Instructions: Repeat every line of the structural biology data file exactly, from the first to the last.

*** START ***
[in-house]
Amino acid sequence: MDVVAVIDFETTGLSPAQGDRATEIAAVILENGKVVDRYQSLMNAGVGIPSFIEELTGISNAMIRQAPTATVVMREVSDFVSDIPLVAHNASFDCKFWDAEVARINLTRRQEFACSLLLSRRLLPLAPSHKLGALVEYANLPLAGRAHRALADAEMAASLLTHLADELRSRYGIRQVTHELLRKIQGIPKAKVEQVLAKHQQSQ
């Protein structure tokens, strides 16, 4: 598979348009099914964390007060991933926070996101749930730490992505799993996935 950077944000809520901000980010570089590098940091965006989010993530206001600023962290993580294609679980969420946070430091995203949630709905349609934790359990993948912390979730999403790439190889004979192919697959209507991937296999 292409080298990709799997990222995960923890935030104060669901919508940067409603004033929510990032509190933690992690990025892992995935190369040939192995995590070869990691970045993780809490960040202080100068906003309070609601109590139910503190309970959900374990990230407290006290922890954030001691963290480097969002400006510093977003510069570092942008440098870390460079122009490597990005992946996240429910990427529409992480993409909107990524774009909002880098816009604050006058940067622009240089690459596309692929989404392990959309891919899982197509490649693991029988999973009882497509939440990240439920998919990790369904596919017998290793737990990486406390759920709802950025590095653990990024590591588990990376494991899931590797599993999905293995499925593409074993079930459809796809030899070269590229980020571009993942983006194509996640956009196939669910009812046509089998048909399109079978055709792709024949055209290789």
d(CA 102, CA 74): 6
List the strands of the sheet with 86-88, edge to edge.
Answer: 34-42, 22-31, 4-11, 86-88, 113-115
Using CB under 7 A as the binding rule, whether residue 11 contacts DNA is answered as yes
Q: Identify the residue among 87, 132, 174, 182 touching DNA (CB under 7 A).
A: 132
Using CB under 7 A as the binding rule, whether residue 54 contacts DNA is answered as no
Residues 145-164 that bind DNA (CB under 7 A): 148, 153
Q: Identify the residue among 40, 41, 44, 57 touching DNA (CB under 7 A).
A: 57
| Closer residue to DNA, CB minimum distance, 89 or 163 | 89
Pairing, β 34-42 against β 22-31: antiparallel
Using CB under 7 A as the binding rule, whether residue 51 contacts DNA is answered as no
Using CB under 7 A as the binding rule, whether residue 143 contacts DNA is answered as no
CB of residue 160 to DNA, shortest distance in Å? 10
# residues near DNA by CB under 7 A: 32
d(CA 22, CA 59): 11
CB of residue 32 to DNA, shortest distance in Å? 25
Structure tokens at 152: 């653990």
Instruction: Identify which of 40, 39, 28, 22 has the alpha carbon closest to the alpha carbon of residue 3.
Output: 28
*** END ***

[in-house]
Amino acid sequence: MDVVAVIDFETTGLSPAQGDRATEIAAVILENGKVVDRYQSLMNAGVGIPSFIEELTGISNAMIRQAPTATVVMREVSDFVSDIPLVAHNASFDCKFWDAEVARINLTRRQEFACSLLLSRRLLPLAPSHKLGALVEYANLPLAGRAHRALADAEMAASLLTHLADELRSRYGIRQVTHELLRKIQGIPKAKVEQVLAKHQQSQ
């Protein structure tokens, strides 16, 4: 598979348009099914964390007060991933926070996101749930730490992505799993996935 950077944000809520901000980010570089590098940091965006989010993530206001600023962290993580294609679980969420946070430091995203949630709905349609934790359990993948912390979730999403790439190889004979192919697959209507991937296999 292409080298990709799997990222995960923890935030104060669901919508940067409603004033929510990032509190933690992690990025892992995935190369040939192995995590070869990691970045993780809490960040202080100068906003309070609601109590139910503190309970959900374990990230407290006290922890954030001691963290480097969002400006510093977003510069570092942008440098870390460079122009490597990005992946996240429910990427529409992480993409909107990524774009909002880098816009604050006058940067622009240089690459596309692929989404392990959309891919899982197509490649693991029988999973009882497509939440990240439920998919990790369904596919017998290793737990990486406390759920709802950025590095653990990024590591588990990376494991899931590797599993999905293995499925593409074993079930459809796809030899070269590229980020571009993942983006194509996640956009196939669910009812046509089998048909399109079978055709792709024949055209290789």
d(CA 102, CA 74): 6
List the strands of the sheet with 86-88, edge to edge.
Answer: 34-42, 22-31, 4-11, 86-88, 113-115
Using CB under 7 A as the binding rule, whether residue 11 contacts DNA is answered as yes
Q: Identify the residue among 87, 132, 174, 182 touching DNA (CB under 7 A).
A: 132
Using CB under 7 A as the binding rule, whether residue 54 contacts DNA is answered as no
Residues 145-164 that bind DNA (CB under 7 A): 148, 153
Q: Identify the residue among 40, 41, 44, 57 touching DNA (CB under 7 A).
A: 57
| Closer residue to DNA, CB minimum distance, 89 or 163 | 89
Pairing, β 34-42 against β 22-31: antiparallel
Using CB under 7 A as the binding rule, whether residue 51 contacts DNA is answered as no
Using CB under 7 A as the binding rule, whether residue 143 contacts DNA is answered as no
CB of residue 160 to DNA, shortest distance in Å? 10
# residues near DNA by CB under 7 A: 32
d(CA 22, CA 59): 11
CB of residue 32 to DNA, shortest distance in Å? 25
Structure tokens at 152: 């653990």
Instruction: Identify which of 40, 39, 28, 22 has the alpha carbon closest to the alpha carbon of residue 3.
Output: 28